I'm doing some preliminary groundwork for a project for my company. I'm looking to get a USB DAQ device that can generate sine and square waveforms up to 300kHz, with an accuracy of +/- 5Hz, and be able to change frequency up to 5 times per second. Also, I will need to be able to count frequencies up to 300kHz, sine or square waveforms, and be within +/- 5Hz. Can anyone comment on whether the USB-6251 can do this and point me to some code examples to help speed my learning process.
I'll be using this with LabView Full Development system.
I would like to keep it USB if possible.
The Specs Say you should be able to generate the Square wave easy but the 2.8MHz update rate (1 CH) is a bit lower than the 10 samples per period I like as a minimum for sine waves. As a counter its onboard clocks spec at 50ppm so that gives you 2Khz accuracy at 80MHz onboard clock and 400Hz with the 20MHz clock (no need to discuss the 0.1Mhz) So your busted there without an external clock but the 32 bit resolution should give you sub mHz resolution at 300KHz
The rough part is how well your system can deal with the AO update latency. updating the AO 5 times per second is a pretty rough USB throughput if you do the periodic regen from the FIFO and worse if its from the host buffer. The BIG question is more of a how fast do you need to switch frequency than a how often one.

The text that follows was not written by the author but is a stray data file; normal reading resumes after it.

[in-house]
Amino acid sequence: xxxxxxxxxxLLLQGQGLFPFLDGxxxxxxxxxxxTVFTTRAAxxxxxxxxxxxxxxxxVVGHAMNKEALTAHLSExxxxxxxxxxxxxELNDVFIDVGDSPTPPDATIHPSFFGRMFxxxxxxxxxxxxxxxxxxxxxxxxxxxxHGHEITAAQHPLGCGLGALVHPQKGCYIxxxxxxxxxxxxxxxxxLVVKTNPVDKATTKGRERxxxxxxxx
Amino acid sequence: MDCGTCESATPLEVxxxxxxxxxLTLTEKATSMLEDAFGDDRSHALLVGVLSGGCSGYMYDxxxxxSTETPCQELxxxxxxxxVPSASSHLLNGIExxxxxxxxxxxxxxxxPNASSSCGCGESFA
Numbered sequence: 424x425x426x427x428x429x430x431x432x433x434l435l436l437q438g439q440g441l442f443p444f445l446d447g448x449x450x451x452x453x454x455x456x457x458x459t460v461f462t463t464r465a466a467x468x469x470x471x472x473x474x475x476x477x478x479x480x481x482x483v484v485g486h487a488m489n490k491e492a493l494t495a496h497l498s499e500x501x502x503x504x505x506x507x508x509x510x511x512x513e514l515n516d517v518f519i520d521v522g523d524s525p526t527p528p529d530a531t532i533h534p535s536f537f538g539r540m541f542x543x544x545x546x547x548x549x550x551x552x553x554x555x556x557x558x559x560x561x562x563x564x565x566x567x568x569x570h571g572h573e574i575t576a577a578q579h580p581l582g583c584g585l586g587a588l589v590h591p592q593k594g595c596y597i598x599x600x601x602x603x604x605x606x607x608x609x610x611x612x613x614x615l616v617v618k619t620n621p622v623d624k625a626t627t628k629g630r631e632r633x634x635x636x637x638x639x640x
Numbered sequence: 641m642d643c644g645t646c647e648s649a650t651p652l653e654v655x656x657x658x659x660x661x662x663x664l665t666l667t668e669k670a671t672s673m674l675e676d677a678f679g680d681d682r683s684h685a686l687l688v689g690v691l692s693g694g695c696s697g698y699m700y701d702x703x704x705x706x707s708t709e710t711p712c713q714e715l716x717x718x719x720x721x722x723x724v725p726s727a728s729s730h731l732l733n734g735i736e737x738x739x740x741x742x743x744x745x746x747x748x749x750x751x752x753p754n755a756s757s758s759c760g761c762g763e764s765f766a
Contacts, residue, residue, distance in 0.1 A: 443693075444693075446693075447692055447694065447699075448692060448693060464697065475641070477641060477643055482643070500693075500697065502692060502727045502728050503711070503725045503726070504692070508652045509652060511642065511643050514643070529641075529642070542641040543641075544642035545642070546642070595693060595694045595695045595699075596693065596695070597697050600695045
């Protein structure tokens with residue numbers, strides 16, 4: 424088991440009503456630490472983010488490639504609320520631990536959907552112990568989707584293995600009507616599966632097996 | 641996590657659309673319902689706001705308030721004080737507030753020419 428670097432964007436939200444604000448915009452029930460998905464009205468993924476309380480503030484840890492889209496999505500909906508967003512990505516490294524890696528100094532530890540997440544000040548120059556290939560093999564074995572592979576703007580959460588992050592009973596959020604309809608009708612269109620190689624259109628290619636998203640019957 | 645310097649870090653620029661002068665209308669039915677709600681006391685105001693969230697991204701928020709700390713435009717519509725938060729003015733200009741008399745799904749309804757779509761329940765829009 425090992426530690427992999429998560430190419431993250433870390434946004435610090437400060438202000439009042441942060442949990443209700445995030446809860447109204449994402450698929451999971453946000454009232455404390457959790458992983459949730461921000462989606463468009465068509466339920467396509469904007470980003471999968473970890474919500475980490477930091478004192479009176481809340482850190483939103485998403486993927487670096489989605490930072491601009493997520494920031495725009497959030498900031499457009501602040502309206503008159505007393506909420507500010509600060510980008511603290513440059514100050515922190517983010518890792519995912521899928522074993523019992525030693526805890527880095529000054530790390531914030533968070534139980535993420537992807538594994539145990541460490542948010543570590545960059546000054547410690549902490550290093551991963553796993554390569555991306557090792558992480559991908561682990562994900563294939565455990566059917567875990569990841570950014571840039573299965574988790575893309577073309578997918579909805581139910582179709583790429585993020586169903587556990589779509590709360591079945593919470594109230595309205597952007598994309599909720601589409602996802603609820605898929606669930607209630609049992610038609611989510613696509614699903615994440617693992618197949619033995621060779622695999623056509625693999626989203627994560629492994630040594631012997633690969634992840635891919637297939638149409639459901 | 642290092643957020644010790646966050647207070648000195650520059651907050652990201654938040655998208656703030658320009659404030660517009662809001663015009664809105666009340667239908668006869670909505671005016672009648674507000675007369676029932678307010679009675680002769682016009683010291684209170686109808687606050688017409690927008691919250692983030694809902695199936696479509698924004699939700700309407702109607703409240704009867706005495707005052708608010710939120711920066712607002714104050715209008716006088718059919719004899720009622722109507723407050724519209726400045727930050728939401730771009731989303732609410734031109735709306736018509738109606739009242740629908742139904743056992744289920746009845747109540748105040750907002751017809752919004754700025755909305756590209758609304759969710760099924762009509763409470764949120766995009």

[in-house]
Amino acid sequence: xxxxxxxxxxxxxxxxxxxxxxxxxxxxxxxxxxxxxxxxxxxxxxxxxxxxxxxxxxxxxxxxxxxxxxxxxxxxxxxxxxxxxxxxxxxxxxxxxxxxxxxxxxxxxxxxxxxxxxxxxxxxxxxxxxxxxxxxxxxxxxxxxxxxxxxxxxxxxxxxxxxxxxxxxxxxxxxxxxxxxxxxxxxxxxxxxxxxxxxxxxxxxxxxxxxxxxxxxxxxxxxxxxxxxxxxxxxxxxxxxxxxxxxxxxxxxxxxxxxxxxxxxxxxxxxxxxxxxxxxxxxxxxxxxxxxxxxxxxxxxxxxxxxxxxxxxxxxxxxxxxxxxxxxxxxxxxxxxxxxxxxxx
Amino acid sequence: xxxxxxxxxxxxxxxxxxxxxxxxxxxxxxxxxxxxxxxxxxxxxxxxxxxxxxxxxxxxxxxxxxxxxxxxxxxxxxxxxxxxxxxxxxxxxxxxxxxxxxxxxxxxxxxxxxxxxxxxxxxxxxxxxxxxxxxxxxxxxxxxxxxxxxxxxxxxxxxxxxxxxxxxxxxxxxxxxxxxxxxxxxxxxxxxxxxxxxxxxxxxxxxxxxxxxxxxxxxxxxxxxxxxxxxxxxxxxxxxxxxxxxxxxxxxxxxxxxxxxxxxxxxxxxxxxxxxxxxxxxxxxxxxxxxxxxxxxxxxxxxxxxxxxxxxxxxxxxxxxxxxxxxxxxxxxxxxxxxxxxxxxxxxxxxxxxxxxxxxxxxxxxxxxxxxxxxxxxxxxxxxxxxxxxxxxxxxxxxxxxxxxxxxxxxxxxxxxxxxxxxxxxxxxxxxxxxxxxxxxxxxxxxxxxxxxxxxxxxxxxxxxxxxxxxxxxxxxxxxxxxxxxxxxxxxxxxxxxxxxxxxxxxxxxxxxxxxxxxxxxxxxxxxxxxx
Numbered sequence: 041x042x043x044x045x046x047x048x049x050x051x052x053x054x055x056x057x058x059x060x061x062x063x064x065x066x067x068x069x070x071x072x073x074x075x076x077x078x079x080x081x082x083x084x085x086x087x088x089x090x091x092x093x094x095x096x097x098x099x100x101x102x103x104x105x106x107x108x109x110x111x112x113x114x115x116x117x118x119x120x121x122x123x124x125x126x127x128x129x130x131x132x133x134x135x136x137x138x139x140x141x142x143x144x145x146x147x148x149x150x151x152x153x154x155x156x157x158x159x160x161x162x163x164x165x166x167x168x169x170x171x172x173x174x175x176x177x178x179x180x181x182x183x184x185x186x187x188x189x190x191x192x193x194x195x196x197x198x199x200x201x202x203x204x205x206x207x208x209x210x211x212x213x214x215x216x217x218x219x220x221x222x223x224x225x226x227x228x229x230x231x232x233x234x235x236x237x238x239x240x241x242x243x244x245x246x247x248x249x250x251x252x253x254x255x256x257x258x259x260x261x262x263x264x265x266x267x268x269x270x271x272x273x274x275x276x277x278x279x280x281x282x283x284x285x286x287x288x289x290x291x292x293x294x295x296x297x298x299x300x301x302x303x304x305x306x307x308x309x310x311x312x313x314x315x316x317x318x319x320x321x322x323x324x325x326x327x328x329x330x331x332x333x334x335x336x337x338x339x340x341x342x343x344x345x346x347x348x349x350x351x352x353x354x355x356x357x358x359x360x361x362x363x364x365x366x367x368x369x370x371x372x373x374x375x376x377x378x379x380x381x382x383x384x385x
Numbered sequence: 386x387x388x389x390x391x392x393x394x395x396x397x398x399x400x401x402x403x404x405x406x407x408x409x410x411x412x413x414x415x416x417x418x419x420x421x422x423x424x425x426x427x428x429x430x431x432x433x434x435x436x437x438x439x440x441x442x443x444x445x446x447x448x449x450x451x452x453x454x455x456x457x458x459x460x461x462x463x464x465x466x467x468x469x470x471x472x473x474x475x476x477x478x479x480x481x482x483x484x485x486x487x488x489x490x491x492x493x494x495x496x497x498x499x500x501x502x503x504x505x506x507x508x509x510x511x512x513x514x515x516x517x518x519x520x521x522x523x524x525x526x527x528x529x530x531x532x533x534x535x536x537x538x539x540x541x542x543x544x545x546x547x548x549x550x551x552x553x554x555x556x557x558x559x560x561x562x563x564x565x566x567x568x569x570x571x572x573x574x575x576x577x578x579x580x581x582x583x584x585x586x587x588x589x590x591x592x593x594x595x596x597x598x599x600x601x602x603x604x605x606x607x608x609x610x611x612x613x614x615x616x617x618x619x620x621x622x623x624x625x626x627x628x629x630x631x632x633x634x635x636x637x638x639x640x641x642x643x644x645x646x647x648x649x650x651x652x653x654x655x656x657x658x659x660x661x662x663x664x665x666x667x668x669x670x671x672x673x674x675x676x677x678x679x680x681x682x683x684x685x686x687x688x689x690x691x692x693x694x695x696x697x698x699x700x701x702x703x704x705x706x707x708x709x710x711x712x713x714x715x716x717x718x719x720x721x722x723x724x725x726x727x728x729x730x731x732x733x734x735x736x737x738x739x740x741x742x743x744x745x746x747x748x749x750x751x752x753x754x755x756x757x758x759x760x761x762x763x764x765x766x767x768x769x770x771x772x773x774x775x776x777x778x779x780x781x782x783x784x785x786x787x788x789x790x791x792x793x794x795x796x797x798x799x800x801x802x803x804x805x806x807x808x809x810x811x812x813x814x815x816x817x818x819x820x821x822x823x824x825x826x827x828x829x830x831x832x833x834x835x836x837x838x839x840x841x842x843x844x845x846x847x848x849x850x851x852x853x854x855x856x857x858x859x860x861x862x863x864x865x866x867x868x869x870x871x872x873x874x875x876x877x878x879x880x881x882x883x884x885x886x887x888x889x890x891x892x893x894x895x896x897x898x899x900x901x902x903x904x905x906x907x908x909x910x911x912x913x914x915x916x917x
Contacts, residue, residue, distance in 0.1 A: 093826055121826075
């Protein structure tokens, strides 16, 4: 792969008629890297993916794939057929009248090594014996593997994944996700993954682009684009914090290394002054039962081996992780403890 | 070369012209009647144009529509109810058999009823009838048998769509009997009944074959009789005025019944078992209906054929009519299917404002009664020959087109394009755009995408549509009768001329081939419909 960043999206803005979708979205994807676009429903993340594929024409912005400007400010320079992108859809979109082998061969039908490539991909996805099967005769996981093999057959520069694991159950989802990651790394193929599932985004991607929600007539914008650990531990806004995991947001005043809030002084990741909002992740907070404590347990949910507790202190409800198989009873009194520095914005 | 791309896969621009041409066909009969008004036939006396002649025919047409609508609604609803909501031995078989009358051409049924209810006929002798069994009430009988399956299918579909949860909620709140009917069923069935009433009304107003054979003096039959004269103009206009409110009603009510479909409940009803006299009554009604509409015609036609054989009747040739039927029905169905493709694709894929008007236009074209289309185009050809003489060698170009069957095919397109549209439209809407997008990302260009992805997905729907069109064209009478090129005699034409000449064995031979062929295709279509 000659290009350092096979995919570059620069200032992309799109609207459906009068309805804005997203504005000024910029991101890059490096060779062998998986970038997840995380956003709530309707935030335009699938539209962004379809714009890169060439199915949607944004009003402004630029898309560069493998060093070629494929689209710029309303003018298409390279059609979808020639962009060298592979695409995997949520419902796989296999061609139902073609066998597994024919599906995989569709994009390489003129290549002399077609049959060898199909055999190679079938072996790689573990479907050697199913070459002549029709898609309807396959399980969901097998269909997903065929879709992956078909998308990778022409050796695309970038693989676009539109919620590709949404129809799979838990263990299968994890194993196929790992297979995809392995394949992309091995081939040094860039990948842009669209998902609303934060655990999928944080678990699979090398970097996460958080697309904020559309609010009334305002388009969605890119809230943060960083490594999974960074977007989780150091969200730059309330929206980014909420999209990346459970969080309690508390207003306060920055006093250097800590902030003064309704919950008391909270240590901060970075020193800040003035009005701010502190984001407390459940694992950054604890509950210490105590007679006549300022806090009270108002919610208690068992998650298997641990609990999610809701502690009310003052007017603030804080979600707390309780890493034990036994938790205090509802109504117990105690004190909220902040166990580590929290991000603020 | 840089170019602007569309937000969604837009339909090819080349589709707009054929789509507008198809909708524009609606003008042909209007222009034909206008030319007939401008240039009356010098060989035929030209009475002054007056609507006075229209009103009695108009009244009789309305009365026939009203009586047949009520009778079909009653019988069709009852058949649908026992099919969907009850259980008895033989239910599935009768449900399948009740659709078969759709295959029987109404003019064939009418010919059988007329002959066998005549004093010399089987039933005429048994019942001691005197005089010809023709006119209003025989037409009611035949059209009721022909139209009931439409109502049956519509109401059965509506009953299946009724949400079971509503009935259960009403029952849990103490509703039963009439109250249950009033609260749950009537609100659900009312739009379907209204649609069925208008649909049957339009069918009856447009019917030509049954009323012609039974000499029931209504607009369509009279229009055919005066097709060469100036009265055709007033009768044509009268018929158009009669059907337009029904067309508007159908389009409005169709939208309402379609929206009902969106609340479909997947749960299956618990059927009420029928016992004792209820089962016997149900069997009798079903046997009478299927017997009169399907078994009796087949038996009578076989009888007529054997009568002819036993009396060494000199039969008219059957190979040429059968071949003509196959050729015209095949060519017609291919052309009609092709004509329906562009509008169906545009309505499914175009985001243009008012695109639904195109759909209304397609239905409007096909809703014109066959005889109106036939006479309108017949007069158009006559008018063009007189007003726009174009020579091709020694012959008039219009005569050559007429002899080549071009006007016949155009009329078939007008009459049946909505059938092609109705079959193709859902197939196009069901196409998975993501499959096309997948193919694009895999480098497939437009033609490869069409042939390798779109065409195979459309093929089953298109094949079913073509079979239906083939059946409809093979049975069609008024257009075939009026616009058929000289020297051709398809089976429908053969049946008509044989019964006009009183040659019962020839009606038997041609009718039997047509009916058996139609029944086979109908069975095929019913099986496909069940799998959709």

I think you may want to look for an AWG as a source (with an available stable referance for your counter application)
Thanks for the reply. I have not yet used NI hardware/software for analog output, so please bear with me. By "regen the FIFO" I assume you mean that I will need to keep the AO buffer filled with the correct values for the given sample rate, and there will be a slight lag before the new data is being sent through the DAC?
While I don't need a DAQ that can do AWG, it would be nice if I could find one that can do simple waveform and only require frequency and amplitude information, instead of a constant stream of data, and still operate on USB. I think I'll look at some more of the USB devices and see if something has that capability.
Any suggestions for a USB AWG that works well with LabView?
Thanks for your help
OK, I re-evaluated our needs and I will not need to generate the signals when testing at our customers site, only frequency counting and some digital IO. So I think the USB 6251 will work well for our portable setup.
So I should be able to find a seperate signal generator that can be controlled by USB.